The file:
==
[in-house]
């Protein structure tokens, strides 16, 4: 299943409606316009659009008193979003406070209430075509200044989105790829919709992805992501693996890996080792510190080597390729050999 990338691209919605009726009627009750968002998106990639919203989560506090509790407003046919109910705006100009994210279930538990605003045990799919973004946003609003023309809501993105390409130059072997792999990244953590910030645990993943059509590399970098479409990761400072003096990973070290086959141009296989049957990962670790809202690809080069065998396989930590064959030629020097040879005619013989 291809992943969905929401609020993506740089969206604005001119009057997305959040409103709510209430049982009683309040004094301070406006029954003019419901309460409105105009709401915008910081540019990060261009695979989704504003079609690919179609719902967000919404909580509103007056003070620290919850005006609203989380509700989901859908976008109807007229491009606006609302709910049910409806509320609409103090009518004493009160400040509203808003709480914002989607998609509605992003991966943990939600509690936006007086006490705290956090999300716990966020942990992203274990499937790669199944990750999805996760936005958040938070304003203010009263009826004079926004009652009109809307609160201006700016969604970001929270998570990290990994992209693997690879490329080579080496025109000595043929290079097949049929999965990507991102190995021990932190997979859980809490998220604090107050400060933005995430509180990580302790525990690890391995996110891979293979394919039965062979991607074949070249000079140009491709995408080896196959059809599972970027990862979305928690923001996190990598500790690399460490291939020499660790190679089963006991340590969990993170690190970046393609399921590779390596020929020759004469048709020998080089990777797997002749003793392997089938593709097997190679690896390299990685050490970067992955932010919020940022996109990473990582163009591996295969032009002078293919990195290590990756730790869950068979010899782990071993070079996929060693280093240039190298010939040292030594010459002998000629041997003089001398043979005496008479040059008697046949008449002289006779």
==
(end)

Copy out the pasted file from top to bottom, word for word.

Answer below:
[in-house]
């Protein structure tokens, strides 16, 4: 299943409606316009659009008193979003406070209430075509200044989105790829919709992805992501693996890996080792510190080597390729050999 990338691209919605009726009627009750968002998106990639919203989560506090509790407003046919109910705006100009994210279930538990605003045990799919973004946003609003023309809501993105390409130059072997792999990244953590910030645990993943059509590399970098479409990761400072003096990973070290086959141009296989049957990962670790809202690809080069065998396989930590064959030629020097040879005619013989 291809992943969905929401609020993506740089969206604005001119009057997305959040409103709510209430049982009683309040004094301070406006029954003019419901309460409105105009709401915008910081540019990060261009695979989704504003079609690919179609719902967000919404909580509103007056003070620290919850005006609203989380509700989901859908976008109807007229491009606006609302709910049910409806509320609409103090009518004493009160400040509203808003709480914002989607998609509605992003991966943990939600509690936006007086006490705290956090999300716990966020942990992203274990499937790669199944990750999805996760936005958040938070304003203010009263009826004079926004009652009109809307609160201006700016969604970001929270998570990290990994992209693997690879490329080579080496025109000595043929290079097949049929999965990507991102190995021990932190997979859980809490998220604090107050400060933005995430509180990580302790525990690890391995996110891979293979394919039965062979991607074949070249000079140009491709995408080896196959059809599972970027990862979305928690923001996190990598500790690399460490291939020499660790190679089963006991340590969990993170690190970046393609399921590779390596020929020759004469048709020998080089990777797997002749003793392997089938593709097997190679690896390299990685050490970067992955932010919020940022996109990473990582163009591996295969032009002078293919990195290590990756730790869950068979010899782990071993070079996929060693280093240039190298010939040292030594010459002998000629041997003089001398043979005496008479040059008697046949008449002289006779």